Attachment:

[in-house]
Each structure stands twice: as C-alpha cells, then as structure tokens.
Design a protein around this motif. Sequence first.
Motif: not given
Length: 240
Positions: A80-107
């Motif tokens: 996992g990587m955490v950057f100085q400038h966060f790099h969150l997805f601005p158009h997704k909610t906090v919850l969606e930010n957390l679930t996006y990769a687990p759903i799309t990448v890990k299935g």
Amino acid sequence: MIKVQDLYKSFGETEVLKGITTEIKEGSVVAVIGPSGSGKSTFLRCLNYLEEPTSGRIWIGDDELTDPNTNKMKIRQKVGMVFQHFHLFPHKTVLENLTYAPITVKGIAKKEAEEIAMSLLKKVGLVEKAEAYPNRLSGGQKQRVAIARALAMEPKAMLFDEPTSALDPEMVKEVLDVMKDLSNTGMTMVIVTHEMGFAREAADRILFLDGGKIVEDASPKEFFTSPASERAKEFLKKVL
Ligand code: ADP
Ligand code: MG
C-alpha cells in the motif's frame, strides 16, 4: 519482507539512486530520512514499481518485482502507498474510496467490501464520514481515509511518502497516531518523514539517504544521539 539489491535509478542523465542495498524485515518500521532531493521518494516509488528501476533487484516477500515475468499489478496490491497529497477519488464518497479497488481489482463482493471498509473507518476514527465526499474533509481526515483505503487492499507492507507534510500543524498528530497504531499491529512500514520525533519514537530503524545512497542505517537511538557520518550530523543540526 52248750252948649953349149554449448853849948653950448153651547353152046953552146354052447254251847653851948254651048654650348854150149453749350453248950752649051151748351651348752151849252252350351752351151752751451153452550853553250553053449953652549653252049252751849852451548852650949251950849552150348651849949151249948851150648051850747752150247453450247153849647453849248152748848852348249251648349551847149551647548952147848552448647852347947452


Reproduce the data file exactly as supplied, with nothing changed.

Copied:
[in-house]
Each structure stands twice: as C-alpha cells, then as structure tokens.
Design a protein around this motif. Sequence first.
Motif: not given
Length: 240
Positions: A80-107
């Motif tokens: 996992g990587m955490v950057f100085q400038h966060f790099h969150l997805f601005p158009h997704k909610t906090v919850l969606e930010n957390l679930t996006y990769a687990p759903i799309t990448v890990k299935g």
Amino acid sequence: MIKVQDLYKSFGETEVLKGITTEIKEGSVVAVIGPSGSGKSTFLRCLNYLEEPTSGRIWIGDDELTDPNTNKMKIRQKVGMVFQHFHLFPHKTVLENLTYAPITVKGIAKKEAEEIAMSLLKKVGLVEKAEAYPNRLSGGQKQRVAIARALAMEPKAMLFDEPTSALDPEMVKEVLDVMKDLSNTGMTMVIVTHEMGFAREAADRILFLDGGKIVEDASPKEFFTSPASERAKEFLKKVL
Ligand code: ADP
Ligand code: MG
C-alpha cells in the motif's frame, strides 16, 4: 519482507539512486530520512514499481518485482502507498474510496467490501464520514481515509511518502497516531518523514539517504544521539 539489491535509478542523465542495498524485515518500521532531493521518494516509488528501476533487484516477500515475468499489478496490491497529497477519488464518497479497488481489482463482493471498509473507518476514527465526499474533509481526515483505503487492499507492507507534510500543524498528530497504531499491529512500514520525533519514537530503524545512497542505517537511538557520518550530523543540526 52248750252948649953349149554449448853849948653950448153651547353152046953552146354052447254251847653851948254651048654650348854150149453749350453248950752649051151748351651348752151849252252350351752351151752751451153452550853553250553053449953652549653252049252751849852451548852650949251950849552150348651849949151249948851150648051850747752150247453450247153849647453849248152748848852348249251648349551847149551647548952147848552448647852347947452